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You've seen the last of me!

By Jessica Suarez
Monday December 3, 2001

Jessica Suarez

As the last arts columnist for this semester, I thought very hard about what to write. Then, I played Tony Hawk Pro Skater II for about three hours. Then, I thought again. Then, I tried to get more than 75,000 points in the Hangar stage. Next, I thought all about how I wanted to inspire people to better their lives. Then, I got a score of 85,320! Finally, I decided I shouldn't be writing columns at all.

So rather than write a column on something boring, like why I hate X, let me give you the reasons why this should not only be my last column this semester, but my last column ever:

I will be too personal in my columns, revealing too much and for no reason besides to get attention and create interest in whatever I say next, which will probably be said to further interest in whatever I say after that.

Here is an example: I woke up at 11 a.m., then walked to the Circle K for a hot dog, before playing Tony Hawk II - not very interesting, so here's what I did a few months ago.

My boyfriend, Brent, and I were driving back from Las Vegas, and out of boredom, we indulged in a somewhat common road-trip activity - one I don't want to mention by name - until, of course, we were off the Speedway exit and on Speedway Boulevard proper and had to stop.

Which story should I continue with? I was pretty disappointed with my low scores and my inability to Wall Ride in Tony Hawk. One or two drivers uncomfortably realized what I was doing despite my attempts to hide.

See, half of me thinks that my life, even at it's most mundane, is between 10 percent and 50 percent more interesting than other people's. The other half is quite sure of it. Even if it weren't, I would lie about it.

I'll present a personality that isn't really me. I will try to make myself look smarter than I really am. Or cooler than I really am, by shamelessly name-dropping hipster bands I like (The Dismemberment Plan) and complicated books I've bought but never read ("Infinite Jest"). I will also write things like, "Dude, I got so drunk last night!" or "Cops suck for busting up my totally awesome and huge parties" to look cool. I'd be untruthful, just to impress any readers.

No matter how hard I try, or how interesting my writing could be, my column will never be as good as a puppy. "No, no, Jessica!" you cry. "You are an interesting and vibrant person. Your columns are dearer to my heart than any just-birthed animal!"

But imagine, as you are saying this, a 4-week-old pug puppy with soft brown fur and a cold little black pug nose began tugging at your cargo-pant leg, begging you to put this newspaper column down and play with it, its sad brown eyes staring up at you. Which would you choose: the puppy or this column, which has no sad brown eyes to beseech you? (Just look at my picture. I could not look less cute. Even Brent would agree - I've got nothing on a puppy. And a jar of peanut butter.)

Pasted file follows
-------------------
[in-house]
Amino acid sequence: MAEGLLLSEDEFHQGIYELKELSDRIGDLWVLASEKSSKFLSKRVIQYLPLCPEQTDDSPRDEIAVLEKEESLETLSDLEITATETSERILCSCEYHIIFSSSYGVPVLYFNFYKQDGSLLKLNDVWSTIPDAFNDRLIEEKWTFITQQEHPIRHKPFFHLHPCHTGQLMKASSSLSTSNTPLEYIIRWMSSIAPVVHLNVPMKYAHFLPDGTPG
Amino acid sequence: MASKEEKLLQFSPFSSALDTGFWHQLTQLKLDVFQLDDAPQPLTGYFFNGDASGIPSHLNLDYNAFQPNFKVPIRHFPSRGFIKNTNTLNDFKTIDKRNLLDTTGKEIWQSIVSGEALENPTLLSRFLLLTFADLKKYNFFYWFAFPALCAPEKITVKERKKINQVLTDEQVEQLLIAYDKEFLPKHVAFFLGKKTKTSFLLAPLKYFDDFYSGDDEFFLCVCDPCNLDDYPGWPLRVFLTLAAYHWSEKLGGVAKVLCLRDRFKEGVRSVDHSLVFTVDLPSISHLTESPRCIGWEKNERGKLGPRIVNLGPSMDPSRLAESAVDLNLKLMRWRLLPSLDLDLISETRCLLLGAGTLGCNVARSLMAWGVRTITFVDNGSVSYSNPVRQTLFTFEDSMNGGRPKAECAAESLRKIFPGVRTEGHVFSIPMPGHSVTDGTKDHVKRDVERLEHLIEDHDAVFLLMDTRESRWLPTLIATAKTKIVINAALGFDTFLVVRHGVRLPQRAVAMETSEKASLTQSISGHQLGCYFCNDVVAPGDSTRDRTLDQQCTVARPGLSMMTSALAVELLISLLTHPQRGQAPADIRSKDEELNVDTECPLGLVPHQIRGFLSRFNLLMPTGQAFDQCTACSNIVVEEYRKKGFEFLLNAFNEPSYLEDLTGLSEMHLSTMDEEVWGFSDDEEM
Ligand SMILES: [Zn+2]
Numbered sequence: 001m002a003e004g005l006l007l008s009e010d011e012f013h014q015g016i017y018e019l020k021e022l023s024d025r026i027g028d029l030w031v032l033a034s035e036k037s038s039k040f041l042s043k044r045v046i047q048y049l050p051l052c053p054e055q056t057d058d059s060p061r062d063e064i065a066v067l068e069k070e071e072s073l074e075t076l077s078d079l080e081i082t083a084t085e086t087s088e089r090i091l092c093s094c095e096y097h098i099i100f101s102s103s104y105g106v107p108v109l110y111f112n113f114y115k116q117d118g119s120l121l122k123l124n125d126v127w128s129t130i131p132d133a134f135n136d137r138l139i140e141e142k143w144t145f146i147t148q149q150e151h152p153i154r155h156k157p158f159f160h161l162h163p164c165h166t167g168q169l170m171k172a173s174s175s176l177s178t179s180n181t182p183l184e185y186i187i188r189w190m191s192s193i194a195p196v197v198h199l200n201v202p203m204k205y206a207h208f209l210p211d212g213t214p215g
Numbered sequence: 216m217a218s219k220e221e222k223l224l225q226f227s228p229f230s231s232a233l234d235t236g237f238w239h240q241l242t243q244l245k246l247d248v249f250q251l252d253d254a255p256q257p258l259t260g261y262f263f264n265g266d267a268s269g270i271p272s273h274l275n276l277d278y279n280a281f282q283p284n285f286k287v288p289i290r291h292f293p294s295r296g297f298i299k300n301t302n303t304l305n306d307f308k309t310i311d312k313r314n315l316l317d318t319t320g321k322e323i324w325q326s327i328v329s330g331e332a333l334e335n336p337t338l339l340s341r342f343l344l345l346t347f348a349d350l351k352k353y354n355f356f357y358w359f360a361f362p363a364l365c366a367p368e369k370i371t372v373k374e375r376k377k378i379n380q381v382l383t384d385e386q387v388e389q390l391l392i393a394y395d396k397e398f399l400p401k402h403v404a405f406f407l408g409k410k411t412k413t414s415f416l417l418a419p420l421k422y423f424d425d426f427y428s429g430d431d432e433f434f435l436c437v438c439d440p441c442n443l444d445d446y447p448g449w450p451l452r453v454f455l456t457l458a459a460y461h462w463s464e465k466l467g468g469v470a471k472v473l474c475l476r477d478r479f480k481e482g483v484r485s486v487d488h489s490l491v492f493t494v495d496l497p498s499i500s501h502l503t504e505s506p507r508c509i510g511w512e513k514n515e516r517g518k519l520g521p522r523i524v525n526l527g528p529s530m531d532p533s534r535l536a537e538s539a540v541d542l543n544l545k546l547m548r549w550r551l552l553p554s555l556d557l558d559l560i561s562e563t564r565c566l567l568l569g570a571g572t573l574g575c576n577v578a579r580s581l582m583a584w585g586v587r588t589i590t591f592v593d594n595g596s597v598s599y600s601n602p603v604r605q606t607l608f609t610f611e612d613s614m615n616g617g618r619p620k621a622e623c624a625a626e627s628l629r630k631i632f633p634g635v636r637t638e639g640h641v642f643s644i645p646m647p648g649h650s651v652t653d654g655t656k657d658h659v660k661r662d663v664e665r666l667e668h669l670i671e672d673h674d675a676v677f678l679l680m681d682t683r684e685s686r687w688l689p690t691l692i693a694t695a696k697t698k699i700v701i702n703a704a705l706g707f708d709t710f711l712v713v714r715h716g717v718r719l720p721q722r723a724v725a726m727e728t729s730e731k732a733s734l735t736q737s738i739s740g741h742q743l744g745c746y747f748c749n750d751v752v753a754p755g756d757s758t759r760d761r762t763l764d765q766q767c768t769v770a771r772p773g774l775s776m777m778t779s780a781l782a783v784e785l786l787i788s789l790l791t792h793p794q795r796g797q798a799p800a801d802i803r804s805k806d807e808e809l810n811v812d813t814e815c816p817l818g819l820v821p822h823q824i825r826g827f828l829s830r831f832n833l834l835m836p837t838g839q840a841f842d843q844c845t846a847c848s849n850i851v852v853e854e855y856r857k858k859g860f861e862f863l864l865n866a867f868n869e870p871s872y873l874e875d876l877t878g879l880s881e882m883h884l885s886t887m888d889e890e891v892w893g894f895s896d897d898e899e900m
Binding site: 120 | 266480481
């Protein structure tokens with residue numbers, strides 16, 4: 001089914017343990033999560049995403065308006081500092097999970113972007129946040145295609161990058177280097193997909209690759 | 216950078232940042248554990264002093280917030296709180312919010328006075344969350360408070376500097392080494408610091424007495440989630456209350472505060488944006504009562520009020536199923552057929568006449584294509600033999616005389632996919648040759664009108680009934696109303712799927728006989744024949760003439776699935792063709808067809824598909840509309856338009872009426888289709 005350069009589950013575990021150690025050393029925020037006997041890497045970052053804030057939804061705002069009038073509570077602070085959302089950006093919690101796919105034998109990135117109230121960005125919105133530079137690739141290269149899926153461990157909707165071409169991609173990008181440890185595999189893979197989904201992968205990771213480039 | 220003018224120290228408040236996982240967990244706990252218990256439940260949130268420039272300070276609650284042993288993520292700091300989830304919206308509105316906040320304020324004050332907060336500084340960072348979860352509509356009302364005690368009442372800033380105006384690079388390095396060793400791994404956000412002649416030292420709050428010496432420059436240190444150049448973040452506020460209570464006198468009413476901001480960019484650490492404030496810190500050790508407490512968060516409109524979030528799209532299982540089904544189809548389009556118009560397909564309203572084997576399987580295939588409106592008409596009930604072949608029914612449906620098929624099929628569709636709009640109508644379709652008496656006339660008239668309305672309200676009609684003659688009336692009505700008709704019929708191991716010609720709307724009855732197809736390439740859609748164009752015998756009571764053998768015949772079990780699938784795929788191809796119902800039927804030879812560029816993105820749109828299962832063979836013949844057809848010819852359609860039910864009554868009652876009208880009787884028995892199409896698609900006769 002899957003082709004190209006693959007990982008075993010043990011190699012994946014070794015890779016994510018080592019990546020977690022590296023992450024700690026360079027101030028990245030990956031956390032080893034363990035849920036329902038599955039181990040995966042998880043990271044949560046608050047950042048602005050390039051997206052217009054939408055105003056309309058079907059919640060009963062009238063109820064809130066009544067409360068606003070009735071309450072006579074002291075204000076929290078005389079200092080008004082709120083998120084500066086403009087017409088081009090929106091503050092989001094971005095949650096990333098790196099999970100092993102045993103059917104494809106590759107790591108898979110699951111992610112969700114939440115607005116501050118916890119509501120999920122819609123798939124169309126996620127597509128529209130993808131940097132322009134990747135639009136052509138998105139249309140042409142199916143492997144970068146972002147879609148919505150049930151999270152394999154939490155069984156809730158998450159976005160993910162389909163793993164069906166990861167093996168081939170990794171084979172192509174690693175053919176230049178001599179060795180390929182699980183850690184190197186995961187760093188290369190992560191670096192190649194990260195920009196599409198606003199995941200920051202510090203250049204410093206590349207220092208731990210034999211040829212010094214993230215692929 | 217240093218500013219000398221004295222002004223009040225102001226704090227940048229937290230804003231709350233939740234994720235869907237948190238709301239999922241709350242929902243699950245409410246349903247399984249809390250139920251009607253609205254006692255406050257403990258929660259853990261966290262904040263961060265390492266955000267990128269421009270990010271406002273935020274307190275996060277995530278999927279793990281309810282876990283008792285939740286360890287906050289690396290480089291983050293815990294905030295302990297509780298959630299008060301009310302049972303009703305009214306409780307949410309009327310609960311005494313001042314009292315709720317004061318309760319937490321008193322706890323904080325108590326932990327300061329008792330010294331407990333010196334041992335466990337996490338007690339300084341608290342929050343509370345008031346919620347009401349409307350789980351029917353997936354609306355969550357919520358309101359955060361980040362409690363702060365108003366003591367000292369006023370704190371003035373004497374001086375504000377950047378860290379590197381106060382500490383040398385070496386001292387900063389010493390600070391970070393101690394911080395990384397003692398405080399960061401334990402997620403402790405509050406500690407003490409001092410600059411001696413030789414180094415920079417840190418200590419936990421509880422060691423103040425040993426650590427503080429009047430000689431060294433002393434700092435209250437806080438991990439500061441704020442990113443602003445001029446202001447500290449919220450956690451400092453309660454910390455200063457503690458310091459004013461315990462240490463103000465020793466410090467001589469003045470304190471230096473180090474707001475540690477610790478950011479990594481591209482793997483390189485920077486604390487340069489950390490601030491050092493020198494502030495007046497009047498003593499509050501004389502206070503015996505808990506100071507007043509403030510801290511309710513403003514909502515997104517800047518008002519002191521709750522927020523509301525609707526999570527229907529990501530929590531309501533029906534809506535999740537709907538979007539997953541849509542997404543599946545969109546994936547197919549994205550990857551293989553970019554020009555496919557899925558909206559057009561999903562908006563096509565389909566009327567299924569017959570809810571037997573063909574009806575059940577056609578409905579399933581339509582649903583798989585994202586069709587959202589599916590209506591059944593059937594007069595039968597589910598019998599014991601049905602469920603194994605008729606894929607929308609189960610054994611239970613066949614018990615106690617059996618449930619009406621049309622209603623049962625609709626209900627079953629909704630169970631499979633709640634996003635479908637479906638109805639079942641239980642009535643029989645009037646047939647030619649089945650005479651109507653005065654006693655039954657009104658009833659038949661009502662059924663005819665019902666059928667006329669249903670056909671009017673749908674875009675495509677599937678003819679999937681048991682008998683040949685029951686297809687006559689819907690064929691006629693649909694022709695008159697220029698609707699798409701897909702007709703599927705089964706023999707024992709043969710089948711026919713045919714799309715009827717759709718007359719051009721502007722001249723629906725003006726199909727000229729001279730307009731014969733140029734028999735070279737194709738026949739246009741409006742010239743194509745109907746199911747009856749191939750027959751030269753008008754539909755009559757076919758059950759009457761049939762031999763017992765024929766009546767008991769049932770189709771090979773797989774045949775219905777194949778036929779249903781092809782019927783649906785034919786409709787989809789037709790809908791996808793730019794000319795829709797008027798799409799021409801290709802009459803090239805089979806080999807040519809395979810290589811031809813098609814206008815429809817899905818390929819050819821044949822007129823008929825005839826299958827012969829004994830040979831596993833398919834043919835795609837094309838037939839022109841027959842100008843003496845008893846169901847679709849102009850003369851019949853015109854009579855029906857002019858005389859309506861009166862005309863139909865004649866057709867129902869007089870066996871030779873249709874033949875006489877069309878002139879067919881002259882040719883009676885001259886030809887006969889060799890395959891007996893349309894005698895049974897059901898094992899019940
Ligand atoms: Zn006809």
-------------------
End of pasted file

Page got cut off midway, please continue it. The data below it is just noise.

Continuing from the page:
I like going to parties. So I'm hesitant to write things that will piss off certain groups of people, thus lowering my chances of getting invited to their parties. That is why I've avoided saying anything to slight frat boys, sorority girls, goths, transsexuals, anatomy illustrators, Star Wars fans, Dead Heads, Honors students, shoplifters, interns, nudists, riot girls, strippers or Tobey Maguire. So if I'm not invited to your next party, I will be pissed off. Tobey Maguire, I'm looking in your hot, hot direction.

I write about topics I know nothing about. As an example, let's take my knowledge of the rare Sokoke cat breed.

The Sokoke breed was discovered at the turn of the century. Originating in South Africa, this cat has become a favorite among U.S. cat associations.

Right? Wrong. See, the Sokoke cat is from Kenya; it was discovered in the 1970s, not the turn of the century! And not only is it not a favorite breed among U.S. cat associations, but - get this - it isn't even recognized by U.S. cat associations!

Who cares if I don't know what I'm talking about? But you should expect more out of me as a columnist. I am a faker. A poser. I bought Nevermind after Kurt Cobain died, for Chrissakes.

But, despite my posturing and outright lying, I can still assume that, for the purposes of this column, I will be smarter than a good 70 percent to 75 percent of whoever is reading this. For the (at most) 30 percent, which, in this case probably equals three near-geniuses, I'm sorry, and feel free to make criticisms and corrections in the margins. Remember, this is your last chance.


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